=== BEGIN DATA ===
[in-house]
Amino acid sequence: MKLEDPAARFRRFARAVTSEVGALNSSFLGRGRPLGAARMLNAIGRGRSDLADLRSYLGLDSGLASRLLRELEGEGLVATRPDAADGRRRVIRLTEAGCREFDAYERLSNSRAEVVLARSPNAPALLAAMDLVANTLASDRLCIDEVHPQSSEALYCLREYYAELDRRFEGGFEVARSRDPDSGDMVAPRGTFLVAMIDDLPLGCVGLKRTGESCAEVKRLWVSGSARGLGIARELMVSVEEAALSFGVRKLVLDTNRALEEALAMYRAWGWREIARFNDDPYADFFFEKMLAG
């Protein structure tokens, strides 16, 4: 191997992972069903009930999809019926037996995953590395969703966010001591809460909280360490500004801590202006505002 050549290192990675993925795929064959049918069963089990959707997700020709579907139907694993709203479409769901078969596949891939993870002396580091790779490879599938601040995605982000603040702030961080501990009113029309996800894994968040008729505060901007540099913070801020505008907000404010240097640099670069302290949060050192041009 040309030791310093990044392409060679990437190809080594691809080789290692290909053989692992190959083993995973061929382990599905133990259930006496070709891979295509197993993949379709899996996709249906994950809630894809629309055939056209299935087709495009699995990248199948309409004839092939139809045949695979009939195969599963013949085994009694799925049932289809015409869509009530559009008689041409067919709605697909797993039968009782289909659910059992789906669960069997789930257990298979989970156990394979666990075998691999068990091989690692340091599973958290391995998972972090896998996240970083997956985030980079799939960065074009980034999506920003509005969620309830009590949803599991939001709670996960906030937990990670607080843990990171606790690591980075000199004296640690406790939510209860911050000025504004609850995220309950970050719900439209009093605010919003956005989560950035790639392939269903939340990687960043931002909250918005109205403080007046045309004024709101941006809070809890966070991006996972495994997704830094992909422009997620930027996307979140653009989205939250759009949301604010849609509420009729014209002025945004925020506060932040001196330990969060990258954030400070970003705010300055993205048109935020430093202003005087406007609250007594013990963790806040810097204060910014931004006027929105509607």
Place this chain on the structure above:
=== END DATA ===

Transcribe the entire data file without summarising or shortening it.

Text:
[in-house]
Amino acid sequence: MKLEDPAARFRRFARAVTSEVGALNSSFLGRGRPLGAARMLNAIGRGRSDLADLRSYLGLDSGLASRLLRELEGEGLVATRPDAADGRRRVIRLTEAGCREFDAYERLSNSRAEVVLARSPNAPALLAAMDLVANTLASDRLCIDEVHPQSSEALYCLREYYAELDRRFEGGFEVARSRDPDSGDMVAPRGTFLVAMIDDLPLGCVGLKRTGESCAEVKRLWVSGSARGLGIARELMVSVEEAALSFGVRKLVLDTNRALEEALAMYRAWGWREIARFNDDPYADFFFEKMLAG
């Protein structure tokens, strides 16, 4: 191997992972069903009930999809019926037996995953590395969703966010001591809460909280360490500004801590202006505002 050549290192990675993925795929064959049918069963089990959707997700020709579907139907694993709203479409769901078969596949891939993870002396580091790779490879599938601040995605982000603040702030961080501990009113029309996800894994968040008729505060901007540099913070801020505008907000404010240097640099670069302290949060050192041009 040309030791310093990044392409060679990437190809080594691809080789290692290909053989692992190959083993995973061929382990599905133990259930006496070709891979295509197993993949379709899996996709249906994950809630894809629309055939056209299935087709495009699995990248199948309409004839092939139809045949695979009939195969599963013949085994009694799925049932289809015409869509009530559009008689041409067919709605697909797993039968009782289909659910059992789906669960069997789930257990298979989970156990394979666990075998691999068990091989690692340091599973958290391995998972972090896998996240970083997956985030980079799939960065074009980034999506920003509005969620309830009590949803599991939001709670996960906030937990990670607080843990990171606790690591980075000199004296640690406790939510209860911050000025504004609850995220309950970050719900439209009093605010919003956005989560950035790639392939269903939340990687960043931002909250918005109205403080007046045309004024709101941006809070809890966070991006996972495994997704830094992909422009997620930027996307979140653009989205939250759009949301604010849609509420009729014209002025945004925020506060932040001196330990969060990258954030400070970003705010300055993205048109935020430093202003005087406007609250007594013990963790806040810097204060910014931004006027929105509607």
Place this chain on the structure above: